Indie Rockers Common Deer Enjoying a Warm Reception on Their First U.S. Tour

Share on Nextdoor
click to enlarge Indie Rockers Common Deer Enjoying a Warm Reception on Their First U.S. Tour
Courtesy of the Syndicate
Common Deer singer-keyboardist Sheila Hart says the music scene in the band’s Toronto hometown is great but admits it’s become “oversaturated.” In the midst of the indie rock band’s first extensive U.S. tour, Hart says the band has enjoyed the enthusiastic reception it’s received from less-jaded American audiences.

“From traveling to other places, people seem to appreciate live music more [than they do in Toronto],” she says via phone from a Petaluma tour stop. The band performs with Hazard Adams at 9 p.m. on Sunday, April 8, at the Beachland Tavern. “In Toronto, if you look like you’re having too much fun, it’s not cool. You play a lot of rooms where people just stand there with this 'impress me' kind of attitude. People will just come up to the front here on this tour. In Toronto, they’ll stand so far away. It’s almost impossible to derive energy from that. It’s very satisfying to be touring down here.”

The band first formed a few years ago when multi-instrumentalist Adam Hart, singer-guitarist Graham McLaughlin and drummer Liam Farrell, all of whom had played together in other bands, held auditions for a new female vocalist and bassist. That’s when Sheila Hart and Liam’s brother, Connor Farrell, joined the band.

Hart says singing harmony with McLaughlin was effortless from the start.

“I grew up doing musical theatre and choir,” says Hart. “I’m great at harmonizing with other people and finding that sort of blend. It just turns out that the timbre of our voices sounds very similar. They work really nicely together. Sometimes, if I can’t hear myself clearly enough in the monitors, I can’t tell if I’m listening to him or myself.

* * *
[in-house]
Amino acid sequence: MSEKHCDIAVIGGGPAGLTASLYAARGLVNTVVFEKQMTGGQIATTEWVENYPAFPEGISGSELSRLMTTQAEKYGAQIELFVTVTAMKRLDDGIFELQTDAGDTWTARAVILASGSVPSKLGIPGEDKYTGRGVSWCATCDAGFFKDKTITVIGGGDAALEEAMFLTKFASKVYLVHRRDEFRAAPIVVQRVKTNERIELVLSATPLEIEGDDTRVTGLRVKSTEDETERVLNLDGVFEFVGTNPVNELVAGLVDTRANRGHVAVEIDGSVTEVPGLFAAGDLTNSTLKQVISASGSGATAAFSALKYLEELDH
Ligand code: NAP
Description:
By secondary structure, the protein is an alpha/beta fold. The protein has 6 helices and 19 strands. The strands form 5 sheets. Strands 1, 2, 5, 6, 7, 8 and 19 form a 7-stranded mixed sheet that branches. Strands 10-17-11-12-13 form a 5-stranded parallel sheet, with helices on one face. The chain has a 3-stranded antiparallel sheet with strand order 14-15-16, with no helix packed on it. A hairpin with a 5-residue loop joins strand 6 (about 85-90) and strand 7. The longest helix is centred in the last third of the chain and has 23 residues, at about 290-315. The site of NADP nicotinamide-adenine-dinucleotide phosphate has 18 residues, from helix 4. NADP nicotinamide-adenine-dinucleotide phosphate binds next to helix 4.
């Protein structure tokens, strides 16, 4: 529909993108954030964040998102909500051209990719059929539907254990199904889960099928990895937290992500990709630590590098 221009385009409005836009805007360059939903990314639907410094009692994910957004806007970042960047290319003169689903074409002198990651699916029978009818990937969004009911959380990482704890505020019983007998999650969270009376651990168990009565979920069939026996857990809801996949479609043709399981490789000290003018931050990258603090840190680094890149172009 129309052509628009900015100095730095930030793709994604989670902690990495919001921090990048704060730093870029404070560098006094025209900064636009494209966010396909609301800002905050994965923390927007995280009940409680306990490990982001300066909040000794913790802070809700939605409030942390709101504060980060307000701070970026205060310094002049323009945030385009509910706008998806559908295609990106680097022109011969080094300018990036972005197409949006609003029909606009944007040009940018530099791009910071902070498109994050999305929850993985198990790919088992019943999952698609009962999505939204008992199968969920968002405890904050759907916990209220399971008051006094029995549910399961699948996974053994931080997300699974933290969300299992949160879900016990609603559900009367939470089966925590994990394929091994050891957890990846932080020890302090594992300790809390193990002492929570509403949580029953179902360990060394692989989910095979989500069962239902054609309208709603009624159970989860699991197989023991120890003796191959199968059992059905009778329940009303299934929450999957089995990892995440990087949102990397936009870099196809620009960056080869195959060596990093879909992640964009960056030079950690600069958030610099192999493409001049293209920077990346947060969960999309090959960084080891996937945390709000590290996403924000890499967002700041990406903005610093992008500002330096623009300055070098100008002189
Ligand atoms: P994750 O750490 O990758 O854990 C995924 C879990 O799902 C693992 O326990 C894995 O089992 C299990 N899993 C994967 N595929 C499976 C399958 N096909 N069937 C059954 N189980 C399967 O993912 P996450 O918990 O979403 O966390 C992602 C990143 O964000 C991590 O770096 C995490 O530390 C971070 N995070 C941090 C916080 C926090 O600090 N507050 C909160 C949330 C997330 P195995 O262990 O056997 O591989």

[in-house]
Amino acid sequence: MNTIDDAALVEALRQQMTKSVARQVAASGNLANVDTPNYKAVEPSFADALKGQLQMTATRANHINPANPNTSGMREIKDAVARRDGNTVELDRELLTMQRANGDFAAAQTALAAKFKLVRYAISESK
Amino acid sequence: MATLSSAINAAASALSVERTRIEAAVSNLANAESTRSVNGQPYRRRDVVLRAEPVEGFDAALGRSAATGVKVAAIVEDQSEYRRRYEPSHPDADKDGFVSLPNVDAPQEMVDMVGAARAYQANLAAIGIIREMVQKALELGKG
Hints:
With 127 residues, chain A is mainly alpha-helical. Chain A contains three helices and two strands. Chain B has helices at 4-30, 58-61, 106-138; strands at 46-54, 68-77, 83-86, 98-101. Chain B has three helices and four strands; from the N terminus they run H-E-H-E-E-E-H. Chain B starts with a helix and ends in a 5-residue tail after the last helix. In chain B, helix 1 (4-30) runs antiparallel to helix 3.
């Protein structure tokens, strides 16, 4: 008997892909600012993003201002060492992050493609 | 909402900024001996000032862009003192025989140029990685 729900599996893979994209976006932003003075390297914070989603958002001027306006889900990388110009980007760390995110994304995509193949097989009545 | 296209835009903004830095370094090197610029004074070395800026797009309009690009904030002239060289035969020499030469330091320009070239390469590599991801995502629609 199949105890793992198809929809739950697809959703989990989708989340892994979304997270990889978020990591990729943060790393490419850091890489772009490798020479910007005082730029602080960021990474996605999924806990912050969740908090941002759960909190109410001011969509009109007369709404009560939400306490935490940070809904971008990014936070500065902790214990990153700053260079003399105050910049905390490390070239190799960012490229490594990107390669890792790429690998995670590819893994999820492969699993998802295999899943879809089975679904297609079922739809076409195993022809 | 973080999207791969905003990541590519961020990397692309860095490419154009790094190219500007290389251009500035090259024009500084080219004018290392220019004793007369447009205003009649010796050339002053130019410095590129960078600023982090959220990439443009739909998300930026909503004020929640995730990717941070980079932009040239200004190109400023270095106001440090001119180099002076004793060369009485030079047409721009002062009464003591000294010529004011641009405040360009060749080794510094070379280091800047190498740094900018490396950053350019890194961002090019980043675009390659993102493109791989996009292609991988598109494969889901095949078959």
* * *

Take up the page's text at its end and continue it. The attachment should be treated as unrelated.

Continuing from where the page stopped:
For its first release, last year’s EP I, the band worked with Laurence Currie (Wintersleep, Hey Rosetta!). The songs have an indie folk feel that recalls the power-pop/indie folk of New Pornographers.

EP 1 was an interesting process,” says Hart. “For us, it was definitely an essential process to go through. We had never recorded together and for most of us we had never recorded in that capacity. Adam and I grew up doing more classical stuff. We weren’t in bands recording things. The process took a long time."

The band had less time to spend on EP II. It spent a week in preproduction and then had to knock out the album in two weeks with producer Gus Van Go (Arkells, the Stills).

“It was totally different from stretching it out over months with Laurence,” says Hart. “However, we couldn’t have done EP II in the amount of time and with the level of quality if we hadn’t worked with Laurence. He really challenged us. It was a more fast-paced experience.”

Songs like “WAIT!” and “Mistakes,” a lilting song which finds Hart and McLaughlin trading verses, have a bit more heft to them. Hart says the band intentionally tried to sound heavier on EP II.